This preview shows pages 1–6. Sign up to view the full content.
This preview has intentionally blurred sections. Sign up to view the full version.
View Full DocumentThis preview has intentionally blurred sections. Sign up to view the full version.
View Full DocumentThis preview has intentionally blurred sections. Sign up to view the full version.
View Full Document
Unformatted text preview: 3. The Second Law Motivation of the Second Law : In the following table, the first column shows a particular state A of the sys tem, as defined by its temperature, volume and com position, and the second column shows another state B, characterized by different values of some or all of these variables. Table 1 (All systems are in an adiabatic enclosure) State A State B Two equal blocks of cop per are connected by a wire. One block is at 20 C and the other at 30 C . The blocks are each at 25 C . A dilute gas at a tem perature T occupies one half of a vessel and the other half is vacuum. The gas at the same temperature T occupies the whole of the vessel 1 K. Denbigh: The Principles of Chemical Equilibrium (Cambridge UP, Cam bridge 1966) PChem I 3.1 A dilute gas X occupies one half of a vessel and a dilute gas Y occupies the other half. The tem perature is T . The gases are uniformly mixed in the vessel and the temperature has the same value T . A vessel contains hydro gen and oxygen and a catalyst. The volume is V and the temperature is T . The vessel contains the same amount of hydro gen and oxygen, com bined as water, togeth er with the catalyst. The volume is V and the temperature exceeds T by an amount corre sponding to the heat of reaction. Question: Are the processes A B and B A al lowed? Answer: Energy is conserved for all A B and B A processes. The processes are allowed by the First Law. PChem I 3.2 Question: Are the processes A B and B A ob served? Answer: Only the processes A B are observed to occur. = spontaneous direction Spontaneity or nonspontaneity of the processes A B and B A depends entirely on the nature of the states A and B. = We expect that there exists a state function, S , that characterizes the spontaneous direction of a pro cess. Second Law of Thermodynamics : Heat flows sponta neously from a hot object to a cold object. Equivalent form: No process is possible in which the sole result is the absorption of heat from a reservoir and its com plete conversion into work. need mathematical form parallel to First Law PChem I 3.3 First Law (permissible change) 1) There exists a state function U 2) d U = d q + d w Second Law (spontaneous change) ( 1 ) There exists a state function S , the entropy , for the system. ( 2 ) If the state of the system changes, then d S = d q rev T derive the mathematical form consider a classical ideal gas, n = const First Law: d U = d q rev + d w rev = d q rev P d V , reversible change, no extra work Joule experiment: d U = C V d T C V d T = d q rev P d V PChem I 3.4 d q rev = C V d T + P d V q rev T V = C V , q rev V T = P are mixed second derivatives equal?...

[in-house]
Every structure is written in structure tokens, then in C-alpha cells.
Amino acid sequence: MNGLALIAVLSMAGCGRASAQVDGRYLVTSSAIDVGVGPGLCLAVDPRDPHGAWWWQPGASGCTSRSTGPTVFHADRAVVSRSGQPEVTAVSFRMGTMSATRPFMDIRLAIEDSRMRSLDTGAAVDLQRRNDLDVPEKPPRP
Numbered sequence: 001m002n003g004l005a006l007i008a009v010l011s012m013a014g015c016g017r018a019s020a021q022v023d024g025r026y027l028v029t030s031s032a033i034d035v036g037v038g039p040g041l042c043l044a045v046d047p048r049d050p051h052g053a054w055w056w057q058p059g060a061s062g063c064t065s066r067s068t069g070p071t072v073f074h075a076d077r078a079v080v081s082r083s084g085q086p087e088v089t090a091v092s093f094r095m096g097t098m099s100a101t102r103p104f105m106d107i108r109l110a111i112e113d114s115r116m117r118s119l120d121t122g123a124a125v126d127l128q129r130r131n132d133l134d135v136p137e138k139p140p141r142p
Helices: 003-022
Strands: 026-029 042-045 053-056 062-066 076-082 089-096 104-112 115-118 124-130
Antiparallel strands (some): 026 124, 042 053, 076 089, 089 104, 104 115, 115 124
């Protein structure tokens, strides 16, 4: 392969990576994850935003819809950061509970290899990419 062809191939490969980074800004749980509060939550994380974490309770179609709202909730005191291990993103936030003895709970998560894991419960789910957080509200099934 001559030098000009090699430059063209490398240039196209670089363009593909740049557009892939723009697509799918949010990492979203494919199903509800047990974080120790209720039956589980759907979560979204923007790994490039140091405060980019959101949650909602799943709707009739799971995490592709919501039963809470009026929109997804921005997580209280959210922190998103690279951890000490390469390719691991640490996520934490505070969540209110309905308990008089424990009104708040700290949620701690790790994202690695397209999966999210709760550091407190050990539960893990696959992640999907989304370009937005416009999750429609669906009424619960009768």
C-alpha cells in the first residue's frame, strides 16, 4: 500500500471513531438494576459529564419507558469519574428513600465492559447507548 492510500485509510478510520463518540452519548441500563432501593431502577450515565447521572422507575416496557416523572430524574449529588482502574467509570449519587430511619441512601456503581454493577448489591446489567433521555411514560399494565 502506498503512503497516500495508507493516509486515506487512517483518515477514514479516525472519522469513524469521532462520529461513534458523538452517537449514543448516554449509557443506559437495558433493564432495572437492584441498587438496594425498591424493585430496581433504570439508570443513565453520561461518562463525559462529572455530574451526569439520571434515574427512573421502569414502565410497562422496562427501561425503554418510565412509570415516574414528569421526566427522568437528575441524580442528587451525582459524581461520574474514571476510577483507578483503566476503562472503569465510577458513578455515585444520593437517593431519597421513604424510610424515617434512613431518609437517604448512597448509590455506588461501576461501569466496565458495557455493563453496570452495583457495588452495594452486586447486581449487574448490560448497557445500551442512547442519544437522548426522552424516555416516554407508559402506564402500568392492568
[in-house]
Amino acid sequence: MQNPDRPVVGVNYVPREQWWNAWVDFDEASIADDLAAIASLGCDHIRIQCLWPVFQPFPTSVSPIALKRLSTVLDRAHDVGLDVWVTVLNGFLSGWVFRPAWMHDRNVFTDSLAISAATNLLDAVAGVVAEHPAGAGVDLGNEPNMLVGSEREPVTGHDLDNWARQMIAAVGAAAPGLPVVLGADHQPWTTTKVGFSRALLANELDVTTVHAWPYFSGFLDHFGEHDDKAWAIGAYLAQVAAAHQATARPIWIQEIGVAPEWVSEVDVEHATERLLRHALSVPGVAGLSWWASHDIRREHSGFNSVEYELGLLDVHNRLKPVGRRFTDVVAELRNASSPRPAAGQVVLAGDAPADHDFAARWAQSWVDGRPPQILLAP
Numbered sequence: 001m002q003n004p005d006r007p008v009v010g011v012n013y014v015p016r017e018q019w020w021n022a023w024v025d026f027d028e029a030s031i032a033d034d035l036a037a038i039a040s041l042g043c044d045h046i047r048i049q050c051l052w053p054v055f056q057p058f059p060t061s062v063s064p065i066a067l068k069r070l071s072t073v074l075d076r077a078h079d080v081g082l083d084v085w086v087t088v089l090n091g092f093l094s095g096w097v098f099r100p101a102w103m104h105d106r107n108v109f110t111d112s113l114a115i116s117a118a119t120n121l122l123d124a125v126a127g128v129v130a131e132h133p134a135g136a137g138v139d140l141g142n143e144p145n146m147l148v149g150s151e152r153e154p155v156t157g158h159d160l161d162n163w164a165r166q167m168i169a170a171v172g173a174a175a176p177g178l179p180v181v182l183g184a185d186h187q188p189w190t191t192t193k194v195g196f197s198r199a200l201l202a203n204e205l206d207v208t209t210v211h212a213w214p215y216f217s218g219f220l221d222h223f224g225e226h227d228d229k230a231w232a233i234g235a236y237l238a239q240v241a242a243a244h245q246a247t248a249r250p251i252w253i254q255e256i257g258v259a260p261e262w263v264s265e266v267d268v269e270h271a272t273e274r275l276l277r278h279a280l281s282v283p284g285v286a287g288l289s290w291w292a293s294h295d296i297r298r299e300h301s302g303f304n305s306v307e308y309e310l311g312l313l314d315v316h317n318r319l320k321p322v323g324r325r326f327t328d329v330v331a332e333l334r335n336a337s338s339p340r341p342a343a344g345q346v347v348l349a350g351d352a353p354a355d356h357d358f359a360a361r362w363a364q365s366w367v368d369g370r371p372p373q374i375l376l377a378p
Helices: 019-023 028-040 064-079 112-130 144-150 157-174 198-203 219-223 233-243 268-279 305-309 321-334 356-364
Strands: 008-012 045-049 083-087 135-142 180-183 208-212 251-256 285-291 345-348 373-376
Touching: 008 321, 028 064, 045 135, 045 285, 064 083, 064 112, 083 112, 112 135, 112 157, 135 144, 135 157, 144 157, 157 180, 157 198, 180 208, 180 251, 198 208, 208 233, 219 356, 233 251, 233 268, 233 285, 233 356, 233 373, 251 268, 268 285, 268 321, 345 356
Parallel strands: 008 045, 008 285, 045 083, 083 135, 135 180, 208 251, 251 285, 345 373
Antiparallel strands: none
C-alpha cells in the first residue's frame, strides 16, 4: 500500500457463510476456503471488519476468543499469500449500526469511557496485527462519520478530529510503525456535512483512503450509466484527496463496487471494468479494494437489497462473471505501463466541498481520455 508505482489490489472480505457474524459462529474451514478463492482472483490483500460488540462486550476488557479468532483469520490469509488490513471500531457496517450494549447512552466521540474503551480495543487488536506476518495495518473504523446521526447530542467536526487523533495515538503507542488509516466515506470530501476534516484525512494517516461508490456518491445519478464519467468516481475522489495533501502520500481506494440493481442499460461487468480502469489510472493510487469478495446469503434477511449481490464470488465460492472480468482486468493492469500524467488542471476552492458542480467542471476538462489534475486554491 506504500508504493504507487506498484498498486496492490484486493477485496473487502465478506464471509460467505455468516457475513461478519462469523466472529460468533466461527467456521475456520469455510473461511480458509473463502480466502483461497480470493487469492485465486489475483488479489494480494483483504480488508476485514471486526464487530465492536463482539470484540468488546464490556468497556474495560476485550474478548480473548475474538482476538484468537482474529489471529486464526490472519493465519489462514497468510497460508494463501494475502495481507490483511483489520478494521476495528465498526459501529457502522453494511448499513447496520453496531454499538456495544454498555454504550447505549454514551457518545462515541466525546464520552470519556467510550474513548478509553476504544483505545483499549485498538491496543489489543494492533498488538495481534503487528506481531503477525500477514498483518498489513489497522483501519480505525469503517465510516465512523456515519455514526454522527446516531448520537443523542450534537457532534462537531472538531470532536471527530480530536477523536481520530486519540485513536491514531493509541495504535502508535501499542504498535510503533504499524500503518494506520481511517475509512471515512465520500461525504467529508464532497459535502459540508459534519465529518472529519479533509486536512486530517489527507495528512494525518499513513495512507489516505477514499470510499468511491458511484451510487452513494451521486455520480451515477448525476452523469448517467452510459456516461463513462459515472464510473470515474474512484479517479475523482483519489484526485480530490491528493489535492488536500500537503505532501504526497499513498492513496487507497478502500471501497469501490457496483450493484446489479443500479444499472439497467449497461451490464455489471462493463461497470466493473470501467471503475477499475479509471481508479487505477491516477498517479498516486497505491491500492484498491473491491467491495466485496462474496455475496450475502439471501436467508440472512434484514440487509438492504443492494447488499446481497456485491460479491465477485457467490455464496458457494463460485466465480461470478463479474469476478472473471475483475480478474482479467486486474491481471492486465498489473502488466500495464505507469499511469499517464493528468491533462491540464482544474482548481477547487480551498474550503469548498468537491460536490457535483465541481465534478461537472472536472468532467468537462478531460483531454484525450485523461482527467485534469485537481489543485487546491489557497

View
Full
Document
This note was uploaded on 12/24/2011 for the course CH 440 taught by Professor Staff during the Spring '08 term at Oregon State.
 Spring '08
 Staff

Click to edit the document details